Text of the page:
The world’s largest oilfield services providers saw last year their highest combined net profits since the shale boom of 2014, driven by a rebound in drilling activity amid soaring oil and gas prices.
SLB – formerly Schlumberger – Halliburton, and Baker Hughes reported this past week very strong earnings for 2022 and said they expected the upcycle that began last year to be a multi-year feature in the oilfield services sector, thanks to improving pricing and tight equipment and service capacity in certain markets.
‘Early Phase of a Structural Upcycle in Energy’
SLB, the biggest oilfield services provider in the world, was the first to report earnings on Friday, and it beat analyst expectations with earnings per share (EPS) of $0.71 for the fourth quarter, compared to estimates of $0.62 EPS.
Full-year net income attributable to SLB jumped by 83% year on year to $3.4 billion in 2022. Revenues for the full year rose by 23% to $28.1 billion.
“The fourth quarter affirmed a distinctive new phase in the upcycle,” SLB’s chief executive Olivier Le Peuch said in a statement, noting increased activity in the Middle East, global offshore, and North America.
“Additionally, pricing continues to trend favorably, extending beyond North America and into the international regions, supported by new technology and very tight equipment and service capacity in certain markets,” Le Peuch added.
“Looking ahead, we believe the macro backdrop and market fundamentals that underpin a strong multi-year upcycle for energy remain very compelling in oil and gas and in low-carbon energy resources,” he said.
On the earnings call, SLB’s top executive said that “the combination of long-cycle oil capacity expansion projects, offshore deepwater resurgence and strong gas development activity will be a key driver for the multiyear duration of this cycle.”
This new cycle “has a lot of resilience because it’s multi-pronged, it’s multiple engines, short and long, oil and gas, offshore and onshore,” he added.
SLB also expects a return and acceleration of offshore exploration and appraisal drilling over the coming quarters.
North America onshore drilling still has room to grow, SLB’s Le Peuch said on the call, expecting the public companies, and much less the private, to drive the growth this year.
‘A Multiyear Upturn in Global Activity’
The second of the top three oilfield service providers to report Q4 and full-year 2022 earnings, Baker Hughes, booked lower income than analysts had expected. But Baker Hughes is equally optimistic about the multi-year growth opportunities for the sector.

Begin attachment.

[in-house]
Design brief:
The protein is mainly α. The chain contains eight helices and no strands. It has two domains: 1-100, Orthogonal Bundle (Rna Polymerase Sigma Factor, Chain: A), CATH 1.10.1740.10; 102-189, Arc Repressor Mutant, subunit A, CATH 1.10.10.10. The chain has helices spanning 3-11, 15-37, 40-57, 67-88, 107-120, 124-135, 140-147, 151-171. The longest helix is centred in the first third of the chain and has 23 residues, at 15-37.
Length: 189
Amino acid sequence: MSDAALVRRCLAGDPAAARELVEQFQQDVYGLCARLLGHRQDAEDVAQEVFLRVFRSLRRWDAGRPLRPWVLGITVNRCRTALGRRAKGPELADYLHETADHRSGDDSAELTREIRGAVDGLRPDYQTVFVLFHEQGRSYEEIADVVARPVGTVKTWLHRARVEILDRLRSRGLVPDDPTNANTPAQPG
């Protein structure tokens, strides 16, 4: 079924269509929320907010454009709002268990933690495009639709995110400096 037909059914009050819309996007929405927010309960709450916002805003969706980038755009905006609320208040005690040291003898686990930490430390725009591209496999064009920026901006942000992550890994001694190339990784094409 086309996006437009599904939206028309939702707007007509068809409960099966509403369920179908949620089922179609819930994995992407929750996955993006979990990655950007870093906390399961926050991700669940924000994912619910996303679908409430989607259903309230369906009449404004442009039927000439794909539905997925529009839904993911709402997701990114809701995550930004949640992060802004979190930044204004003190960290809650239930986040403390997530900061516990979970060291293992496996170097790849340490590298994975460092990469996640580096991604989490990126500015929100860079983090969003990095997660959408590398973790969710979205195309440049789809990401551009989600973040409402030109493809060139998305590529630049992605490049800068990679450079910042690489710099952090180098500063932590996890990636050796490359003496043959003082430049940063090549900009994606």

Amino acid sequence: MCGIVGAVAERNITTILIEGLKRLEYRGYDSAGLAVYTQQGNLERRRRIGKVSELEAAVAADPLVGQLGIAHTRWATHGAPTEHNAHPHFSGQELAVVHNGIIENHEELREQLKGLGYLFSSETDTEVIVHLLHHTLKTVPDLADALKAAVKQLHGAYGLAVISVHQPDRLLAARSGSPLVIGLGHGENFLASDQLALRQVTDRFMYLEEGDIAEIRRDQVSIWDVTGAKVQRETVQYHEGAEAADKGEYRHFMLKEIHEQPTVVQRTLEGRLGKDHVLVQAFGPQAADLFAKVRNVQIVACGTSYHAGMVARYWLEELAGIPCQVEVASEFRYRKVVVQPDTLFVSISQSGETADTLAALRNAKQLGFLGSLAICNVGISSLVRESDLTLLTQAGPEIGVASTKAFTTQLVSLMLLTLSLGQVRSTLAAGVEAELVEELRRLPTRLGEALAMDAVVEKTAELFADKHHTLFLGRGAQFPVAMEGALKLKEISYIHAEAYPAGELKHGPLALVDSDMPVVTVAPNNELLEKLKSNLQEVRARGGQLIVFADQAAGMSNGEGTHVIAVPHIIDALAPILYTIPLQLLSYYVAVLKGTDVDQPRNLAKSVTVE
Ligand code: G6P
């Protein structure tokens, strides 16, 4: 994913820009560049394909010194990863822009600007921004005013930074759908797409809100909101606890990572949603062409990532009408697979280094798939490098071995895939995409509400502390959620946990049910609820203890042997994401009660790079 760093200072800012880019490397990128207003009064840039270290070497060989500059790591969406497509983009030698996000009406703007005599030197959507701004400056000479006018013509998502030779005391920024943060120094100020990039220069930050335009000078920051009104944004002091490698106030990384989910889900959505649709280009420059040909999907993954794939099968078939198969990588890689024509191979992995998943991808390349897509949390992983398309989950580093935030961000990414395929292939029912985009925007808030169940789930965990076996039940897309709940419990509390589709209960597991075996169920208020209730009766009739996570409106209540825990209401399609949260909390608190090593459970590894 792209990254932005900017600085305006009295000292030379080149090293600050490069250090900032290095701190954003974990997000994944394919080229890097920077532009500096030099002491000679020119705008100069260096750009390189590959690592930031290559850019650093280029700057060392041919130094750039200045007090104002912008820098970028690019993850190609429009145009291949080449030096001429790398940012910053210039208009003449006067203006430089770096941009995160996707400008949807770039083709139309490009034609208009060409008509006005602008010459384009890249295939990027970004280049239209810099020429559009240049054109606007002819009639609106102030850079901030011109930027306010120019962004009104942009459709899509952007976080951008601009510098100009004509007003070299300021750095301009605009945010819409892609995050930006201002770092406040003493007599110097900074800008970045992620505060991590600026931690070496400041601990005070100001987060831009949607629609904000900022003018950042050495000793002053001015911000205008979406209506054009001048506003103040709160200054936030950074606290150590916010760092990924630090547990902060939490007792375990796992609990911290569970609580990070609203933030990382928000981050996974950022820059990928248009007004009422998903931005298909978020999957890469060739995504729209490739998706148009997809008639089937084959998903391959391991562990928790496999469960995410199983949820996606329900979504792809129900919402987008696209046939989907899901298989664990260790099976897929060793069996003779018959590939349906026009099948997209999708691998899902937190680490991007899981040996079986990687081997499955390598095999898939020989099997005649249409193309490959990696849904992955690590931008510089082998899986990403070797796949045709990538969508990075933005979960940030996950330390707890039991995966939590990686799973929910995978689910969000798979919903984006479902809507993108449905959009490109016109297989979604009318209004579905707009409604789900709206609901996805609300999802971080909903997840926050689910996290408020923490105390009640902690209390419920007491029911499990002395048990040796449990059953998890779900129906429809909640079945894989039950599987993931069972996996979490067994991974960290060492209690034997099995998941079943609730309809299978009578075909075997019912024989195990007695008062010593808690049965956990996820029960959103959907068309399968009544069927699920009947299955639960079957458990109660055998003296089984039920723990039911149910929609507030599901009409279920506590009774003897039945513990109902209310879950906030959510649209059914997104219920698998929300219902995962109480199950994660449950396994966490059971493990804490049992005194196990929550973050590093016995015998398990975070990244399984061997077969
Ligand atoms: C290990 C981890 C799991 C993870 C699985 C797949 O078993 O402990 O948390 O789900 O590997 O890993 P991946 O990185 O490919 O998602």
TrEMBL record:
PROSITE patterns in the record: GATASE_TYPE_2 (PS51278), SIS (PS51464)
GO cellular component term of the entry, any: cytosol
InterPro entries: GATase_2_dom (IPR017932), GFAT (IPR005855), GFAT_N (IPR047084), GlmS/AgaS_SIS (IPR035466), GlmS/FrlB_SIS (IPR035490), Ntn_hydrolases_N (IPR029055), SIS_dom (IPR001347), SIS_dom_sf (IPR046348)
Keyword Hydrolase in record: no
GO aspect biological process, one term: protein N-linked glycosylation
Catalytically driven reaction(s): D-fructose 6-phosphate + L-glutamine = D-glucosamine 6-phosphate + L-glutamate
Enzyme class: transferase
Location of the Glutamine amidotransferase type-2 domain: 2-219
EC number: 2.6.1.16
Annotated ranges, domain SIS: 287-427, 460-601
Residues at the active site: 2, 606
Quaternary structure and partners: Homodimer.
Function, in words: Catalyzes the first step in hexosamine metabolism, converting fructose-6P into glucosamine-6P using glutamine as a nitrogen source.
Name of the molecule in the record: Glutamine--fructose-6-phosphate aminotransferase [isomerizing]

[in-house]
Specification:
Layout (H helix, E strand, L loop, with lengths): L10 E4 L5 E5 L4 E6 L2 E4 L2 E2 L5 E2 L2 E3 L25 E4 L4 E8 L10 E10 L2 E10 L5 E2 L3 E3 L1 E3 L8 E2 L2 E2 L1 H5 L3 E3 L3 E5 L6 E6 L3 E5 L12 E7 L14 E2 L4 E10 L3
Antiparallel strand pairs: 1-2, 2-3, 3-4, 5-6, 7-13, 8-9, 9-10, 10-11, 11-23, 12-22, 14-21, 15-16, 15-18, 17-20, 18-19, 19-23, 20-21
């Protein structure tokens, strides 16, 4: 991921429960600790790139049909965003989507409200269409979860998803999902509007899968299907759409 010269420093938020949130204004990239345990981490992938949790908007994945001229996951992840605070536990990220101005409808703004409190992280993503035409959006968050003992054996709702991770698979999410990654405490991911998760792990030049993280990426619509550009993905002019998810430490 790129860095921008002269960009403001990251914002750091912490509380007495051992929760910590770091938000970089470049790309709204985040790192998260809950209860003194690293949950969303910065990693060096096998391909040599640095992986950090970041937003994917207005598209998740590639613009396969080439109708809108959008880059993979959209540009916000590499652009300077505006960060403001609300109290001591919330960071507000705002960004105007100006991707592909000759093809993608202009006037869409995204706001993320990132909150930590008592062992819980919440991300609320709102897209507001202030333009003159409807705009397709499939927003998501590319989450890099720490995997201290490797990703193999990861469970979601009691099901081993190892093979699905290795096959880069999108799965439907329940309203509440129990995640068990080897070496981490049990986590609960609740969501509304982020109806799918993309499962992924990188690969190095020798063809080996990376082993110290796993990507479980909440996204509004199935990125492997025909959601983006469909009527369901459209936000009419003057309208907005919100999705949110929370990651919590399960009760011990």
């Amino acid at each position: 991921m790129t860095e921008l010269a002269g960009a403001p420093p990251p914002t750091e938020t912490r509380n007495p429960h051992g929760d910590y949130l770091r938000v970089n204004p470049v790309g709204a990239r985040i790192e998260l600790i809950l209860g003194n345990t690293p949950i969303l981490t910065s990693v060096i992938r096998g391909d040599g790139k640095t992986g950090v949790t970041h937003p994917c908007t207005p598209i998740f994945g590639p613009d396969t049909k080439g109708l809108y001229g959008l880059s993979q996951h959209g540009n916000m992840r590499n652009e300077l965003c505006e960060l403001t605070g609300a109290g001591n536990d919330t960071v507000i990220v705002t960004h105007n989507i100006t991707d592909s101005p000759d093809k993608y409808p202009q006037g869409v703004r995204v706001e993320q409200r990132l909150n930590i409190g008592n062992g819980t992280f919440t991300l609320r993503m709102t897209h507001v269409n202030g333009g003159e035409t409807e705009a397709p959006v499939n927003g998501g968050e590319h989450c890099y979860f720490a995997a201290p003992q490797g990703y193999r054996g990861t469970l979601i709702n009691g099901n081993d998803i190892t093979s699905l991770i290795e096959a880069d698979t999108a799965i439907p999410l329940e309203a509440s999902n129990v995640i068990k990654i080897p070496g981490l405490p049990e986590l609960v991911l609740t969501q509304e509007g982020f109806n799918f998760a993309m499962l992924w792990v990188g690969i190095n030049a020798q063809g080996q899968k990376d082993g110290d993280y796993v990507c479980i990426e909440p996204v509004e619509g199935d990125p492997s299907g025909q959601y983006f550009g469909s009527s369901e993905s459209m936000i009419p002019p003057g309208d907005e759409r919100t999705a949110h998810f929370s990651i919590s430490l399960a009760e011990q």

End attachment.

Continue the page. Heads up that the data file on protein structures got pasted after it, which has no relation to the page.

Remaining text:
Adjusted earnings per share for Q4 stood at $0.38, up by 45% from Q3 and 53% from Q4 2021, but below the analyst consensus estimate of $0.40 EPS in the Wall Street Journal. For the full year, Baker Hughes booked a loss of $601 million due to the discontinuation of its Russian operations and equipment shortages.
Yet, Baker Hughes booked record orders of $8.0 billion for the fourth quarter, up by 32% sequentially and up by 20% compared to the same quarter of 2021.
“Despite recessionary pressures in some of the world’s largest economies, we maintain a positive outlook for the energy sector. With years of under-investments now being amplified by recent geopolitical factors, global spare capacity for oil and gas has deteriorated and will likely require years of investment growth to meet forecasted future demand,” Chairman and CEO Lorenzo Simonelli said on the earnings call.
“For this reason, we continue to believe that we are in the early stages of a multiyear upturn in global activity and are poised to see a second consecutive year of solid double digit increases in global upstream spending in 2023.”
The positive outlook on oil and gas spending will also combine with a new impetus for clean energy expenditure, thanks to the Inflation Reduction Act in the U.S. and possible new legislation in the EU, Simonelli added.
These “will support significant growth opportunities in new energy in 2023 and beyond,” he said.
‘Activity To Remain Strong and Service Intensity To Increase Through 2023’
Finally, Halliburton, the largest fracking services provider, raised its dividend by 33% after reporting on Tuesday earnings beating analyst projections.
Full-year North America revenue jumped by 51% over 2021 with improved margins driven by activity and pricing gains, Halliburton’s chairman, president, and CEO Jeff Miller said on the earnings call. Total revenue for the full year rose by 33% to $20.3 billion.
In the U.S., “Given the increased spend required to grow and replace production, I expect activity to remain strong and service intensity to increase through 2023,” Miller said, adding that supply challenges are similar in the international markets.
“It’s clear to me that oil and gas is in short supply, and only multiple years of increased investment in both stemming declines and reserve additions will solve short supply. I believe these investments will drive demand for oilfield services for the next several years,” he added.
Halliburton’s completions calendar is fully booked, and pricing continues to improve across all product service lines, the executive noted. The top fracking services provider is optimistic about U.S. growth, with Miller saying that North America “will surprise to the upside.”
Summarizing the outlook for the global oil and gas market, Miller said, “The unique feature of this upcycle, as I see it, is the investor driven return discipline by both operators and service companies, which I expect drives a longer duration cycle and translates into years of increasing demand for Halliburton services.”
By Tsvetana Paraskova for Oilprice.com
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